Students who demonstrate understanding can construct and revise an explanation for the outcome of a simple chemical reaction based on the outermost electron states of atoms, trends in the periodic table, and knowledge of the patterns of chemical properties.

Assessment Boundary:

Assessment is limited to chemical reactions involving main group elements and combustion reactions.

Clarification:

Examples of chemical reactions could include the reaction of sodium and chlorine, of carbon and oxygen, or of carbon and hydrogen.

Students who demonstrate understanding can use mathematical representations to support the claim that atoms, and therefore mass, are conserved during a chemical reaction.

*More information about all DCI for HS-PS1 can be found at  and further resources at .

Summary:

Students who demonstrate understanding can use mathematical representations to support the claim that atoms, and therefore mass, are conserved during a chemical reaction.

Assessment Boundary:

Assessment does not include complex chemical reactions.

Clarification:

Emphasis is on using mathematical ideas to communicate the proportional relationships between masses of atoms in the reactants and the products, and the translation of these relationships to the macroscopic scale using the mole as the conversion from the atomic to the macroscopic scale. Emphasis is on assessing students’ use of mathematical thinking and not on memorization and rote application of problem - solving techniques.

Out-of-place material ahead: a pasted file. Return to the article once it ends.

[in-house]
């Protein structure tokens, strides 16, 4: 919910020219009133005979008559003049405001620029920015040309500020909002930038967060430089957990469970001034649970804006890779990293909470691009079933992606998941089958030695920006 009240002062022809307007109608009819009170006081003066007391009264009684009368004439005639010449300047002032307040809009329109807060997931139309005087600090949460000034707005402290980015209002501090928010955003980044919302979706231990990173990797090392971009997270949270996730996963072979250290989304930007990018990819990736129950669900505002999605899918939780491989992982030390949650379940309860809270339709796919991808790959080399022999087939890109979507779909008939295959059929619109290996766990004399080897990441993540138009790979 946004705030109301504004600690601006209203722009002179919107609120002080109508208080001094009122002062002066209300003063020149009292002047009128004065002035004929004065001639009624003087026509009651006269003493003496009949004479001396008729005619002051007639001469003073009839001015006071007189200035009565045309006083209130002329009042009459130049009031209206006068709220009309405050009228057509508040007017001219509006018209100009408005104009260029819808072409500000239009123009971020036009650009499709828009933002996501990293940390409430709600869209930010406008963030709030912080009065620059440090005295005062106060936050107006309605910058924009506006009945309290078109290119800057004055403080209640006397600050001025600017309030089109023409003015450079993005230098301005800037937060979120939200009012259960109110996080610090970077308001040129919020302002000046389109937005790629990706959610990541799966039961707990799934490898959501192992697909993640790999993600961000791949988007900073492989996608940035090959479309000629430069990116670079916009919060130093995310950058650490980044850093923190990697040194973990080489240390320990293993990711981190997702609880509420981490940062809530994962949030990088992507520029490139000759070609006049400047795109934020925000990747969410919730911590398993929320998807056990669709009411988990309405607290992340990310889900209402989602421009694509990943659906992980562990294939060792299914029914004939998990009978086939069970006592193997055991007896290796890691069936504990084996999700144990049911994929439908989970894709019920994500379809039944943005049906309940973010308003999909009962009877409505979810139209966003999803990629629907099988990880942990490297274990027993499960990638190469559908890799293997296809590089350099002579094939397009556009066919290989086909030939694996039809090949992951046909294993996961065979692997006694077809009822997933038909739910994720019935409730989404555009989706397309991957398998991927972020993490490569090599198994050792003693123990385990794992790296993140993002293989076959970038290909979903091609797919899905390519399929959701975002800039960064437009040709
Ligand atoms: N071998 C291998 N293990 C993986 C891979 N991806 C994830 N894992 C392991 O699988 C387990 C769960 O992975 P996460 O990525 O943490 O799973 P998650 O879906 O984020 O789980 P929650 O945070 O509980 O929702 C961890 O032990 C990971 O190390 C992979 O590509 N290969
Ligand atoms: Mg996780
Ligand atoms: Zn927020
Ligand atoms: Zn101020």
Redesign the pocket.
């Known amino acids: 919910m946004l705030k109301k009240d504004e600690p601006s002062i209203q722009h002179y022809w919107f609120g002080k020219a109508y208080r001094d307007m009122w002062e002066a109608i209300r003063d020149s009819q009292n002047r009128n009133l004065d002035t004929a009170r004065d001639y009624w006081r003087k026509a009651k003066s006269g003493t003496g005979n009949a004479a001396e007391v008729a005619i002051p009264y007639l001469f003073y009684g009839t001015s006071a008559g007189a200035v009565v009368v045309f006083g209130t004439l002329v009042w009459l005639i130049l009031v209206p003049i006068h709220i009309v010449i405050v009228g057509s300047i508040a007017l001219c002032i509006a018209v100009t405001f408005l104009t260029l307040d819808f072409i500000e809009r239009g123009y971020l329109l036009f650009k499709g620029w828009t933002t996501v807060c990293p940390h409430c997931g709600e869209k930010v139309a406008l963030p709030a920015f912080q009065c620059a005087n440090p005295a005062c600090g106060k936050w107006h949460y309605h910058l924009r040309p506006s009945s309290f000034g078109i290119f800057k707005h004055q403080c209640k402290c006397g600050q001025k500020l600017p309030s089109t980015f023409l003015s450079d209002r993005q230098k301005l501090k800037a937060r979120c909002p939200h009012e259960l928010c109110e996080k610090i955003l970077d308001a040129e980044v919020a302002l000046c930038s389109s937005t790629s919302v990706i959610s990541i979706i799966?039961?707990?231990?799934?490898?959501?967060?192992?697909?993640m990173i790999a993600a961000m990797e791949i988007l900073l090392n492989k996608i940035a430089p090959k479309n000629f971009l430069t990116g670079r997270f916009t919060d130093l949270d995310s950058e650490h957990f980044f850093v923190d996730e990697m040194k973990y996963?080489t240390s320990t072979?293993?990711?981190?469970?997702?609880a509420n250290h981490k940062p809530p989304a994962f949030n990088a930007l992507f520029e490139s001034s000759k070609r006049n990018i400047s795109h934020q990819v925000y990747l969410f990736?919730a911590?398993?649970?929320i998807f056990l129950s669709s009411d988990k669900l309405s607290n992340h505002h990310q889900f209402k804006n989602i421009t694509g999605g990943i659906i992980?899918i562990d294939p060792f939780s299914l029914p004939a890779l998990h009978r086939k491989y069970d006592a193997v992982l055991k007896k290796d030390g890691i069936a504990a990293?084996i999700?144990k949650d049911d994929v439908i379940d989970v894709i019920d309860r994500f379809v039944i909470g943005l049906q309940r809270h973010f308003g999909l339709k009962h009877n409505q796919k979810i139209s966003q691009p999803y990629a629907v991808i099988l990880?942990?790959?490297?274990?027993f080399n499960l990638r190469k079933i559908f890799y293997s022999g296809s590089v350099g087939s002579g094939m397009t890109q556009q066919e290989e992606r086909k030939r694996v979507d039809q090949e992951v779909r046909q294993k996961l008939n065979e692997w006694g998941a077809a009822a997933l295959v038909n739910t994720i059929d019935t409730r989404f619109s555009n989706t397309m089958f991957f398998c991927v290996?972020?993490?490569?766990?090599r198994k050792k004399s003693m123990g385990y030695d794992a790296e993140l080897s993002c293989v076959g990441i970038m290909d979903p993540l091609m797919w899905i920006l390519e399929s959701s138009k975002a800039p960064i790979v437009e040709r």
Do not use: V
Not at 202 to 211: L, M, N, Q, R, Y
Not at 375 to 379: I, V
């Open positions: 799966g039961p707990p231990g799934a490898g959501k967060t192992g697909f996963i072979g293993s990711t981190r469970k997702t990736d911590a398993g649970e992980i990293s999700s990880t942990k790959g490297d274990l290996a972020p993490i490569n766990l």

Join the conversation.

Comments 2

John Patrick's picture
John Patrick | Thu, 09/21/2017 - 21:48

Thank you, Dan.  This is straightforward, something I need for my classes heavy with IEP students.

Dan Meyers's picture
Dan Meyers | Thu, 09/28/2017 - 14:01

Thank you for the kind comment, John. Let me know how it goes for you.